After the song that echoed from Craven Cottages far side, to the tune of Mach Wah Diddy Diddy, Gabriel Jesus is a master at turning water into wine. Arsenal have savored the aftertaste of his three-month injury layoff, his absence hardly felt for a side whose towering energy levels have not waned, but it was a significant moment nonetheless as he jogged on for the final stages of this Thameside cruise.
Mikel Arteta’s players had swamped a poor Fulham and quickly ensured the outcome was beyond doubt, and here came a new flex in a symbolic return for the player who had pushed his levels through the roof first.
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“He changed our dynamic, changed our beliefs and put the team in a different status,” Arteta said before kick-off. The calculated hope in signing Jesus last summer was that his star quality would rub off on those around him and create winners: his frontline efforts and sheer know-how would tease everyone else, and then they would be watched. That’s exactly how it worked. Even without Jesus, Arsenal have played with fire, precision and relentlessness that would not have been possible before his arrival.
That hardly means Jesus wasn’t missed. The appetite for news of his comeback had been insatiable all week; As Arsenal traveled to Lisbon for the Europa League round of 16 on Wednesday, breathless rumors of his presence at the party circulated on social media and neither the club nor Arteta did anything to dampen them. In fact, he was hiding in London Colney warming up for this one before emerging from the bus here to a noticeable buzz. When he replaced Leandro Trossard with 13 minutes to go, Arsenal fans maintained a long, uninterrupted tone before erupting in cheers as he crossed the line.
Jesus has scored in just four games for Arsenal and drawn gaps in his last 11, but Arteta has rightly pointed to the intangibles he’s brought with him. It’s gratifying that they haven’t escaped the notice of those who watch regularly. There was a chance to return with a bang, which Bernd Leno refused at the end of a swing started by Jesus himself, but he’d spent most of the afternoon watching a team now vibrant with the attributes he’d coaxed out.
Arsenal were helped by the fact that Fulham looked beaten from the start. Marco Silva’s claim that his side seemed absent from the pitch “at certain moments” before the break was generous. An incident ensued in the eighth minute when Antonee Robinson attempted to score Bukayo Saka, trying to show Arsenal their opponents were in the building. Saka, the best Premier League player this season and arguably the toughest, simply picked himself up before fully contributing to the demonstration of speed, power and control. Robinson endured the kind of first half that rears in nightmares.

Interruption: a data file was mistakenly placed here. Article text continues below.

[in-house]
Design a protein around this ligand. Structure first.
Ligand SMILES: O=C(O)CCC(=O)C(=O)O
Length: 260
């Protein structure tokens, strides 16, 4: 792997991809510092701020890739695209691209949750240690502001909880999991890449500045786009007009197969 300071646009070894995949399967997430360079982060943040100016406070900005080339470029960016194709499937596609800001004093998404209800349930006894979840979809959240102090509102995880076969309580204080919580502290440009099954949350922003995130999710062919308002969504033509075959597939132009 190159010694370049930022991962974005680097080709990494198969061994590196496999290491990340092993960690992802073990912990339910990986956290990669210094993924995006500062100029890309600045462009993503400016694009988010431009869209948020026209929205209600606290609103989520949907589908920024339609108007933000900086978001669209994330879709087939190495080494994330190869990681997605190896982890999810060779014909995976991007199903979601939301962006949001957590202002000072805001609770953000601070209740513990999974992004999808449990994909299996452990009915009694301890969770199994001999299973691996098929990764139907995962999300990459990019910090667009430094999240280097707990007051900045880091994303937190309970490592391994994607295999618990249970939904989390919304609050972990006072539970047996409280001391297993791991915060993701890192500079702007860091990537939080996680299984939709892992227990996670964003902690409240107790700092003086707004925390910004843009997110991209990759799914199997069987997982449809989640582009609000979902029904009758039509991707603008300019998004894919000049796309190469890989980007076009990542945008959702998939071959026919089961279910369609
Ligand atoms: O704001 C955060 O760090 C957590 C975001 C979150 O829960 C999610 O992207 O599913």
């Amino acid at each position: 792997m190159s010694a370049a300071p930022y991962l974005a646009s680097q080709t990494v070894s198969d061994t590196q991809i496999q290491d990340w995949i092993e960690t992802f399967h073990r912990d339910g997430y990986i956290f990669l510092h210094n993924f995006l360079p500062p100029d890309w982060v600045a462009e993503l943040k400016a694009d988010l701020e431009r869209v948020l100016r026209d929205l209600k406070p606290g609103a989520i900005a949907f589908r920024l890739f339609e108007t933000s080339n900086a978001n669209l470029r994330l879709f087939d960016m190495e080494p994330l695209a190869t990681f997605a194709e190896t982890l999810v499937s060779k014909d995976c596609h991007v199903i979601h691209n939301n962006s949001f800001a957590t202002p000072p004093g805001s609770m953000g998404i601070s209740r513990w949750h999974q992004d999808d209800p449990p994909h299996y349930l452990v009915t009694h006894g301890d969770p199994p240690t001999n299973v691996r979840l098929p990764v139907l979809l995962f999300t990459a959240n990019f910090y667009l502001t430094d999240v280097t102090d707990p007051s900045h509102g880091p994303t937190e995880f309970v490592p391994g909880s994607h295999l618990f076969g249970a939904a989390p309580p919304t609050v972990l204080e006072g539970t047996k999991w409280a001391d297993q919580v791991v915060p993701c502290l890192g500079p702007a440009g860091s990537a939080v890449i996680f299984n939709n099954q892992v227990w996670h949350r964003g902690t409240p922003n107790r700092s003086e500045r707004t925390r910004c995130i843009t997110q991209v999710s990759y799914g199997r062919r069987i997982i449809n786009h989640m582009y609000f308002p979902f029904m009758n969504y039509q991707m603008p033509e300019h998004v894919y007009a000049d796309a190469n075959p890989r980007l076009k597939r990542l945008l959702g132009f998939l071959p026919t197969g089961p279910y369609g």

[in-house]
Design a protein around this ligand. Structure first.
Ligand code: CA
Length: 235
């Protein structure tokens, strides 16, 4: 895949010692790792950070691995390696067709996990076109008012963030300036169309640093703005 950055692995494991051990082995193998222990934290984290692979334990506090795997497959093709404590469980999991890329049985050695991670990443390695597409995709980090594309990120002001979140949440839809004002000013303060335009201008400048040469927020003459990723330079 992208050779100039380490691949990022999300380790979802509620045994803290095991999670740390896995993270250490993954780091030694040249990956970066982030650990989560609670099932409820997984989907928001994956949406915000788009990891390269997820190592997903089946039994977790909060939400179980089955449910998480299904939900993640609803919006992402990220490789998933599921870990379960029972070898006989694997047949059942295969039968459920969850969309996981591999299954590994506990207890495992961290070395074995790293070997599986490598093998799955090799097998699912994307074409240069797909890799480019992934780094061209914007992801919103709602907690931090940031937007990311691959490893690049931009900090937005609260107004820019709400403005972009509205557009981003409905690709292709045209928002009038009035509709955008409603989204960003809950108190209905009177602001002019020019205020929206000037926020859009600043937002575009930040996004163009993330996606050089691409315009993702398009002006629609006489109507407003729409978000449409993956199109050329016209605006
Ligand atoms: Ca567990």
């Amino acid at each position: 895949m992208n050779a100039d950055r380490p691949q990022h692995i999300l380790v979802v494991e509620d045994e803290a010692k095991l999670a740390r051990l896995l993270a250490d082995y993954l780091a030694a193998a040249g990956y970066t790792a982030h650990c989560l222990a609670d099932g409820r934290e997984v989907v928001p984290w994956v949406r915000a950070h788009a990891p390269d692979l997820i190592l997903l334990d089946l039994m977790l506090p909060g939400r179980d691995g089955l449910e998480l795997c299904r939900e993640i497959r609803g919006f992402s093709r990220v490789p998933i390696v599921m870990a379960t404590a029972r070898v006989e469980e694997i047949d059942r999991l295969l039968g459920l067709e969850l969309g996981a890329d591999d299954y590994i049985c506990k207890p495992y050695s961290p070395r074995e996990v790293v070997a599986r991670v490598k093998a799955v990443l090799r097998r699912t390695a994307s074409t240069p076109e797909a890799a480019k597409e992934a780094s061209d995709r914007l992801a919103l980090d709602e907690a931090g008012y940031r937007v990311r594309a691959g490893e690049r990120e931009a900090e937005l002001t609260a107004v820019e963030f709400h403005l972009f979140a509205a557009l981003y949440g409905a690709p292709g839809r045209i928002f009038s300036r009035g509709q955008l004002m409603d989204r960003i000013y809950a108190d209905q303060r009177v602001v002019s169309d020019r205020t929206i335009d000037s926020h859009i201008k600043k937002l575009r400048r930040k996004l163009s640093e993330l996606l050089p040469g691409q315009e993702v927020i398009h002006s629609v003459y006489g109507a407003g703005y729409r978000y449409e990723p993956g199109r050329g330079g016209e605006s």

It was Saka’s 36th start of the season in all competitions, counting England’s World Cup campaign. Arteta has made a project to turn it into a machine that can play, play and play again: also not going through the motions but delivering every time. Saka will fall short of his manager’s target of ’70 games every three days’ set in October but he has become the epitome of resilience, which is remarkable in such a young side and continues to characterize Arsenal.
He, like almost everyone else in an all-black away shirt that offered a suitably drab spectacle alongside Fulham’s home get-up, was heavily involved in a magnificent second goal that the modern arsenal offered in microcosm. That sequence ended with Leandro Trossard creating a cross for Gabriel Martinelli, a player who was delighted by Jesus’ presence earlier in the season and has looked similarly menacing after coming to terms with the Belgian. Trossard was brilliant here: intricate, inventive, accurate; If Mykhaylo Mudryk may have been the long-term bet, Arsenal’s Brighton raid now looks like a steal. It could prove to be cheat code for the depth and experience teams pull across the line.
The belief that they will make it is growing. This was the first game of an away game which, with Liverpool, Newcastle and Manchester City looking menacing, was navigated with ease. For the first time, these tributes to Manfred Mann were accompanied by proclamations that Arsenal would win the league. For the past week they’d gotten things straightened out; This time, they made sure there were few questions to answer while providing a tantalizing glimpse into the likeness of Jesus that they have plenty left in reserve.
“He’s got to earn his place like any other team,” Arteta said of Jesus afterwards. The essence of transformation this season may not be as important every week from the start, not with the options Arsenal have now amassed. It’s a problem the manager will welcome. Arteta had bit back on suggestions they were over-celebrating the win over Bournemouth, suggesting naysayers would be better off in the church. As it happened, the church of Jesus got every reason to evangelize next to a field in west London.